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The Spurs remain fully committed to their youth movement

Cam Payne and Reggie Bullock would probably be more helpful next season than some of the young players the Spurs still have on the roster, but waving the veterans is clearly the right choice.

NBA: Dallas Mavericks at Philadelphia 76ers Bill Streicher-USA TODAY Sports

The Spurs have agreed to a buyout with Reggie Bullock and are waving the veteran wing. The roster now stands at 16, which means only one more player has to be waived for San Antonio to be under the roster limit.

Neither Bullock’s departure nor Cam Payne’s. who was waived earlier this month, can be really considered surprising since both journeymen probably wanted to be elsewhere. But the decision to part ways with them does offer some insight into the Spurs’ thinking going into this season.

Viewing the moves strictly from the franchise’s side, they lost two solid players and two trade assets for nothing. Payne could have been a stabilizing force at point guard while Bullock would have been a low-usage 3-and-D option for a team that lacks many of those. If the idea was to field the best team possible alongside Victor Wembanyama immediately, they would have probably been a part of the rotation. If things weren’t looking good at the trade deadline in terms of the standings and the idea was to switch to a younger team, both players should have been relatively easy to flip to a contender for at least some sort of asset. It’s something the Spurs have done before and as recently as last season when they traded Jakob Poeltl and Josh Richardson.

Instead of holding on to the two veterans, the Spurs moved on before the start of the season. Again, it’s extremely likely there were talks about doing so eventually since they were acquired, as neither probably wanted to be in San Antonio, but the front office had no obligation to acquiesce to any demands here. Not long ago Thaddeus Young arrived via trade, barely played and wasn’t too happy about it but was still flipped at the deadline. The roster spot constraints surely played a part in the decision to let Bullock and Payne go, but the issue was only pressing because the front office decided to sign Sandro Mamukelashvili and second-round pick Sidy Cissoko to standard contracts. There’s little doubt the veterans who arrived via trade wanted out but it’s also pretty clear that the Spurs were not really concerned with keeping them.

What this shows is that the commitment to the youth movement and the strategy to build through the draft that started in earnest when Derrick White got traded remains in place even after the selection of Wembanyama and the raised expectations and scrutiny that come with it. Payne and Bullock are not the difference between the lottery or a playoff spot but they could be the difference between a blowout in which a few prospects look lost and a competitive matchup in one of the nationally televised games San Antonio will have this season. It was probably tempting for the Spurs to aim for a baseline of consistency by trying to keep a few competent journeymen around to fill in the gaps in the roster to give returning fans and curious onlookers a sense of quick progress in their rebuild, even at the cost of the long term benefits that playing younger guys would entail.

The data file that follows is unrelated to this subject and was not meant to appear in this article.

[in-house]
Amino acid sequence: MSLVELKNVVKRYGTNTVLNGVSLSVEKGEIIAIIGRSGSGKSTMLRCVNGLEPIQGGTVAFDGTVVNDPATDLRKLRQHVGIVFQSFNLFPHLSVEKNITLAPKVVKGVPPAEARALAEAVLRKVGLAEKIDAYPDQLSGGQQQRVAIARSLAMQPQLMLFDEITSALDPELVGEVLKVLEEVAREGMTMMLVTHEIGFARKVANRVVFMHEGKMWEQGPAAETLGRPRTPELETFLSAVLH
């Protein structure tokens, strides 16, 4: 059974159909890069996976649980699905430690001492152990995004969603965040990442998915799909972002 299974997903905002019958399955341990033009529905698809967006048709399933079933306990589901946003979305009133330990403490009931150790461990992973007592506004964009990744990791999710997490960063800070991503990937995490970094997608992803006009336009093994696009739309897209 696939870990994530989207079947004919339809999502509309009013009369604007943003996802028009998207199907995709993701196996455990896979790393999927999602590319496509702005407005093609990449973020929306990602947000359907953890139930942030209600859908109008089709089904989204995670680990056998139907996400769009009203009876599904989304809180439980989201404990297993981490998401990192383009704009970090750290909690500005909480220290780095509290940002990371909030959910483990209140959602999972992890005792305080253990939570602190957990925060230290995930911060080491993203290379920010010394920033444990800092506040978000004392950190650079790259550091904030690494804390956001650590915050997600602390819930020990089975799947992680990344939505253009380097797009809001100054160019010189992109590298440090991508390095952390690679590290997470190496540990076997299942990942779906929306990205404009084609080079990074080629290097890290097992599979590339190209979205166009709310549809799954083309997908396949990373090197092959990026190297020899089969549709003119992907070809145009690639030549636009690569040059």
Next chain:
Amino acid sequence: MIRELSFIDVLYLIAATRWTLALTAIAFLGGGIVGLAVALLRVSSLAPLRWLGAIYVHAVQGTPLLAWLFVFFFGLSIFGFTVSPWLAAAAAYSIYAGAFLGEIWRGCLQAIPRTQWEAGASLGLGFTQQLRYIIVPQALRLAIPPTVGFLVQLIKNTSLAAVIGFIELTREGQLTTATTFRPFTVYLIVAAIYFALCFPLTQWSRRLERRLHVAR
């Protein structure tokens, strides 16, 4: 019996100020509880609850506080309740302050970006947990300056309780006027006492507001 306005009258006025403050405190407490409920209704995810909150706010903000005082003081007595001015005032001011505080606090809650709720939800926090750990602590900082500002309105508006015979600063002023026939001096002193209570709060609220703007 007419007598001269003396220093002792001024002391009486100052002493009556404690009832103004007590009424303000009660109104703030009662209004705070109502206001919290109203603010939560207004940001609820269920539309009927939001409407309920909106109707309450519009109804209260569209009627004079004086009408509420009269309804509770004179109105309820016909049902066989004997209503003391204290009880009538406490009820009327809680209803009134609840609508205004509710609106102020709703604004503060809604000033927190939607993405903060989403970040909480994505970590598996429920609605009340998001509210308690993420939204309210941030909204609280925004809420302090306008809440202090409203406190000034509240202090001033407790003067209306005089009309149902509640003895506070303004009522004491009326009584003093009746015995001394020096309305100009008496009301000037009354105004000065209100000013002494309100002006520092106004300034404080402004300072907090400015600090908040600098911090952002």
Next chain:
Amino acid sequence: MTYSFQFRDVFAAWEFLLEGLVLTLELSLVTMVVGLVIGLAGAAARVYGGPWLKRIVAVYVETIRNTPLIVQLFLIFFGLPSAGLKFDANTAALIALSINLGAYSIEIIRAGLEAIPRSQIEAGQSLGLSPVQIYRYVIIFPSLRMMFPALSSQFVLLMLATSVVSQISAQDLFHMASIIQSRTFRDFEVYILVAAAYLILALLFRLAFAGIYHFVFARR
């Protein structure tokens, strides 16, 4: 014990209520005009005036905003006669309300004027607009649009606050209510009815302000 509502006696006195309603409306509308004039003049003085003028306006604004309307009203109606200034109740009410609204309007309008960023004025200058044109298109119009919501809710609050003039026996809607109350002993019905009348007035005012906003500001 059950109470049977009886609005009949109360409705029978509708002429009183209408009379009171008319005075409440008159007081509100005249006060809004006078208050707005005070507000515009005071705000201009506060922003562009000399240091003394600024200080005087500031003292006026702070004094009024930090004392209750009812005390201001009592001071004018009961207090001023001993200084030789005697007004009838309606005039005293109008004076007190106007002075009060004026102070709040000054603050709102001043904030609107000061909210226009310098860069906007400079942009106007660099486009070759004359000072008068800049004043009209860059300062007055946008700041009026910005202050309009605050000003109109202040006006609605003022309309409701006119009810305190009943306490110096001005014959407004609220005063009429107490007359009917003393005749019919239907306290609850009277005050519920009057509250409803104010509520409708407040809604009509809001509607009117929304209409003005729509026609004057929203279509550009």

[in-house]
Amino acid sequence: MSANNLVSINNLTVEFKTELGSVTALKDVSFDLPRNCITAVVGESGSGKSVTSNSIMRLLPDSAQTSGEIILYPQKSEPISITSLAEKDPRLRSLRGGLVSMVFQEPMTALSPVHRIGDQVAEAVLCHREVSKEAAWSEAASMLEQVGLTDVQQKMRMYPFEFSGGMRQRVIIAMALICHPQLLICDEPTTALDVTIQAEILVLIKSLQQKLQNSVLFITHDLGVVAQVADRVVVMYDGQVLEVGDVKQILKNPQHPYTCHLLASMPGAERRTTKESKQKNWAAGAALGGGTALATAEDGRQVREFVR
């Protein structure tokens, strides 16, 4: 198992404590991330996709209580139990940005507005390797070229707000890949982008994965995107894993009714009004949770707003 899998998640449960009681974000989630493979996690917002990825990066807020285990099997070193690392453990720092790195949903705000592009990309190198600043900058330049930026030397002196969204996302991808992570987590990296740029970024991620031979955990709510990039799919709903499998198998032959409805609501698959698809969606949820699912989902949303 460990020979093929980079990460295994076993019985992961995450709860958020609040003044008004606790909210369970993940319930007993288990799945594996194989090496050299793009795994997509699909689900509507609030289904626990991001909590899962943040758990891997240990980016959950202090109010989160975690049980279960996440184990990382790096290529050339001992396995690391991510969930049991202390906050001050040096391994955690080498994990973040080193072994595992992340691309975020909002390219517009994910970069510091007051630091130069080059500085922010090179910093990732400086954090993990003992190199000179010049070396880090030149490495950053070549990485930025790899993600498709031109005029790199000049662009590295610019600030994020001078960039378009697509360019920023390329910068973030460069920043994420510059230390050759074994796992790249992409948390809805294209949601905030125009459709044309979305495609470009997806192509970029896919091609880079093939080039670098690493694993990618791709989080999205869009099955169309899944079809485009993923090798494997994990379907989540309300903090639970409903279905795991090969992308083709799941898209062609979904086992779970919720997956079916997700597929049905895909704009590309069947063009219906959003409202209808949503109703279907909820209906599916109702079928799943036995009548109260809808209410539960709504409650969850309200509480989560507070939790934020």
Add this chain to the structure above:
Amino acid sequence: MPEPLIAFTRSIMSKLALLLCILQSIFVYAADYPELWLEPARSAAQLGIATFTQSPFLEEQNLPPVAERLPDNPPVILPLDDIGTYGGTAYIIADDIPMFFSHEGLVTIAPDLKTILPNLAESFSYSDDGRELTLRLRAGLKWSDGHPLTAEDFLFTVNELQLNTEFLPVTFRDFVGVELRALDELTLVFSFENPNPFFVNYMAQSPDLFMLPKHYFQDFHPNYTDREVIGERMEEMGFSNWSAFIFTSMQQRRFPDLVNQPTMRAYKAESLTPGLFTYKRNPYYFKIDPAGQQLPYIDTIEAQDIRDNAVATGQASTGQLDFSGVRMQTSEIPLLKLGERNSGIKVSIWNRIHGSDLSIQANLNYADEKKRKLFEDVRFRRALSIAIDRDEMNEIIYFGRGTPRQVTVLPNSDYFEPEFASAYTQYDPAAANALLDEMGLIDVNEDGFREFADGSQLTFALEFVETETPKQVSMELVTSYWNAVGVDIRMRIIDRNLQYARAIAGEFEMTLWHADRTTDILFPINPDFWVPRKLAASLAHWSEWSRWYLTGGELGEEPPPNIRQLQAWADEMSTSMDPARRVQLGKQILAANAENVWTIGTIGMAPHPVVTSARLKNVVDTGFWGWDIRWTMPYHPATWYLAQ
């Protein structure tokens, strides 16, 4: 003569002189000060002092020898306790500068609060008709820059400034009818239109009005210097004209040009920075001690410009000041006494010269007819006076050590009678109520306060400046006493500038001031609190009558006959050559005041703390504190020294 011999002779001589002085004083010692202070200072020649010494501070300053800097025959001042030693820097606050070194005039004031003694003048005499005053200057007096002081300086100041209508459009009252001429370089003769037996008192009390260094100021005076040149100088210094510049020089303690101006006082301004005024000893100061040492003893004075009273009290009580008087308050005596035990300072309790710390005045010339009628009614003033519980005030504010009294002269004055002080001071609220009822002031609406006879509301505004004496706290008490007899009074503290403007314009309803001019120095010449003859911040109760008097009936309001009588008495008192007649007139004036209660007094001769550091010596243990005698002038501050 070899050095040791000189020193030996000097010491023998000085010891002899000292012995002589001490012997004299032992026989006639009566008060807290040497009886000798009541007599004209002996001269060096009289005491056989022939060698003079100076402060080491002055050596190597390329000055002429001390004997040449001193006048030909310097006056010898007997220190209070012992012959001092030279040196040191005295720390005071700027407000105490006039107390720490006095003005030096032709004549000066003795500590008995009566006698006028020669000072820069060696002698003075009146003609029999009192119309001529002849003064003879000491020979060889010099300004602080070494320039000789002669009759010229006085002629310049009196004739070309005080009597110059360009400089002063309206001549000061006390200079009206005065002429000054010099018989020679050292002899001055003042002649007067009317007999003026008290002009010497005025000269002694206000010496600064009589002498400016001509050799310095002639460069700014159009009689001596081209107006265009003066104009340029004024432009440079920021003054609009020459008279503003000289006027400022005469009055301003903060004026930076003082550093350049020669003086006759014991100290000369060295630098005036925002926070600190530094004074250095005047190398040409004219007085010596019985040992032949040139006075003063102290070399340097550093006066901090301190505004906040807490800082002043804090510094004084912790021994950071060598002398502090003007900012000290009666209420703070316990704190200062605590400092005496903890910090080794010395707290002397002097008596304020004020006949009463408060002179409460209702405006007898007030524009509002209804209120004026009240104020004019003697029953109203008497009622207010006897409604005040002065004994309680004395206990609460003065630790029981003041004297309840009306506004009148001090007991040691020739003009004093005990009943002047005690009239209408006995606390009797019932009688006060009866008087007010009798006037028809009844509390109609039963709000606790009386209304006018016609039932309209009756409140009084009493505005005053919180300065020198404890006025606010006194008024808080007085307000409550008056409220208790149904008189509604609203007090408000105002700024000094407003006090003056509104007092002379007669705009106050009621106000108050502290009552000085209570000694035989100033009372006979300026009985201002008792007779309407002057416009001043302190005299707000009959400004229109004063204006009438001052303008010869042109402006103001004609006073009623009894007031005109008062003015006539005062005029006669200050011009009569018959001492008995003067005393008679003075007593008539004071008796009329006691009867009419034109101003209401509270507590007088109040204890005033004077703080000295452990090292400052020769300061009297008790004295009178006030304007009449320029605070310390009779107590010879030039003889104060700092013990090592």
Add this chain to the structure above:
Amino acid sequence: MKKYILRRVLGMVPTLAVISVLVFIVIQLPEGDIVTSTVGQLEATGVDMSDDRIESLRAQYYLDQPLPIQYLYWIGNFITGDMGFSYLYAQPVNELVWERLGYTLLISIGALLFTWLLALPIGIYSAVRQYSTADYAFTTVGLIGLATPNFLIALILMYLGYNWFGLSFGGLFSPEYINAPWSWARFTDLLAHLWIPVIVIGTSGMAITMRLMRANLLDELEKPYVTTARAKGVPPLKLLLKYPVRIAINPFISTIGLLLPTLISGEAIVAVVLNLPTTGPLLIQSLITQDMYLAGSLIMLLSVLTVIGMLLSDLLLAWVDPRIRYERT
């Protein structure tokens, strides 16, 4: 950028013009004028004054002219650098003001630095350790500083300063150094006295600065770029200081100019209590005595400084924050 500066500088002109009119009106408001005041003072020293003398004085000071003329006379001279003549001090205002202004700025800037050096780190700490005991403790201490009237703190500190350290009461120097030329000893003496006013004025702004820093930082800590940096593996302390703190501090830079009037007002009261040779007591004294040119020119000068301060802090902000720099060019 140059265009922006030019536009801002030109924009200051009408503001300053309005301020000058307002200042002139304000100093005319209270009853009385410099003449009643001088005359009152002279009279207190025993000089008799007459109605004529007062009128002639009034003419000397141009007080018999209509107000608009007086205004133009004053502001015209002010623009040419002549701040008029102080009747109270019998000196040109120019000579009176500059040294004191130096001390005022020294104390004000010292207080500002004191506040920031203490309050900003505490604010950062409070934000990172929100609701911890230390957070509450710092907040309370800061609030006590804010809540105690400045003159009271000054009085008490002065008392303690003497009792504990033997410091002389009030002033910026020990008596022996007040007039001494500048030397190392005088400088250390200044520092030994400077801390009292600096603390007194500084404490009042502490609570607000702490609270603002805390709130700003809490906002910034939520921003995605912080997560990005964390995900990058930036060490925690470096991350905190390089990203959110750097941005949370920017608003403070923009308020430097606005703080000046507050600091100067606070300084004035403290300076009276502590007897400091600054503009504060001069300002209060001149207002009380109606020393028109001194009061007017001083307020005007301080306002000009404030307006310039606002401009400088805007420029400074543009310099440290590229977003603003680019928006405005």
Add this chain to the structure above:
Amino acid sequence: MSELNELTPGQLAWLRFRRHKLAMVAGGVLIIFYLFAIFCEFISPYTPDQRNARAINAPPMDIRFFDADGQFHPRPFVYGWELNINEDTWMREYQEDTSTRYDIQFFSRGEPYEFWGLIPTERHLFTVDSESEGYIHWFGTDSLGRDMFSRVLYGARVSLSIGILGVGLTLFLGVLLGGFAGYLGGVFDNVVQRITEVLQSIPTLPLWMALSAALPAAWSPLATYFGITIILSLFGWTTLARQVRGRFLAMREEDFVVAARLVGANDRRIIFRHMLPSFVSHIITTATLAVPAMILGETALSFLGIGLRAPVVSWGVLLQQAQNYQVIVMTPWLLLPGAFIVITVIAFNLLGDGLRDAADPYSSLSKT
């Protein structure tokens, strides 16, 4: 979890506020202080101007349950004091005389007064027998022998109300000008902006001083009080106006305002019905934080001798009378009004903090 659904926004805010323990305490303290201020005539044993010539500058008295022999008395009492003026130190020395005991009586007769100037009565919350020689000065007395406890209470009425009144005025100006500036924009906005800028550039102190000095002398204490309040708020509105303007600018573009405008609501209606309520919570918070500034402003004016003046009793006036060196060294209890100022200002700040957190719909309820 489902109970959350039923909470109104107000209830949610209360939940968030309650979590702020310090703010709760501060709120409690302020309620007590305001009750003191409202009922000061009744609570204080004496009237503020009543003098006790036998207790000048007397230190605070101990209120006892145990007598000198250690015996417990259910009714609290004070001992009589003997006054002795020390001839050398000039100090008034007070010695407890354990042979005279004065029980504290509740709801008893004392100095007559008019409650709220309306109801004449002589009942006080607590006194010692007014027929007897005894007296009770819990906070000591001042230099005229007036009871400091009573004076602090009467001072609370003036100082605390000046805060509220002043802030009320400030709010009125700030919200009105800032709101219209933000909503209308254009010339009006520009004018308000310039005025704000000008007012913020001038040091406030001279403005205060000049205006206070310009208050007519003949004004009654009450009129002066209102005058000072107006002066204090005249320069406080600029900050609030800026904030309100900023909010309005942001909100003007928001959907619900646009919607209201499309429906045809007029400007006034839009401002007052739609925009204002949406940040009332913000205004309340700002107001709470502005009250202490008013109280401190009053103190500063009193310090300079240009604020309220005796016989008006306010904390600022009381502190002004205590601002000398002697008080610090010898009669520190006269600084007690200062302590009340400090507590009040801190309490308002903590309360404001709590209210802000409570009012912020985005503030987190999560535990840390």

It’s a good sign the Spurs are not skipping any steps, even small ones at this point. It’s also encouraging that while likely still in asset acquisition mode, they don’t seem to be hyper-focusing on potentially getting another extra second-rounder down the line at the risk of developing a reputation for not being player-friendly. Working with agents to get their clients into a better situation now won’t necessarily guarantee a better relationship in the future but it doesn’t hurt to stay in everyone’s good books. We’ve seen how perception can hurt rebuilding teams that treat players as nothing but assets through previous experiments made by guys like Sam Hinkie. It feels like the front office is taking the long view and thinking about potentially having an edge years down the line when players hopefully want to be in San Antonio as the team becomes competitive.

The only question now is who will be the last cut. It’s unlikely either Doug McDermott or Khem Birch take a buyout since they are likely on their last big contract. Devonte’ Graham has another year to go after this one on his deal, which makes waiving him more costly. Cedi Osman would be a good candidate but the Spurs have reportedly been interested in him in the past and he might also be reluctant to leave money on the table since it’s unclear if there will be a lot of interest for him in the free agent market. Mamukelashvili would be the cheapest option in all likelihood but waiving him would go against the tenor of the moves the team has made recently. Hopefully a few million won’t be an issue for the ownership group, allowing the front office and the coaching staff to finalize the roster with the players they actually want around.

The first year of the rebuild went as well as possible for the Spurs, who developed some young guys, got extra assets by making smart trades, and landed the ultimate prize by getting Victor Wembanyama. But the road back to contention will be long and will require not only getting the big moves right but also having a direction to follow and making the small decisions that set up that path.

By continuing to prioritize the future and its uncertainty as represented by young players over the temporary comfort of short-term solutions embodied by veterans, the front office is continuing to show they know what they are doing in this rebuild, which is comforting.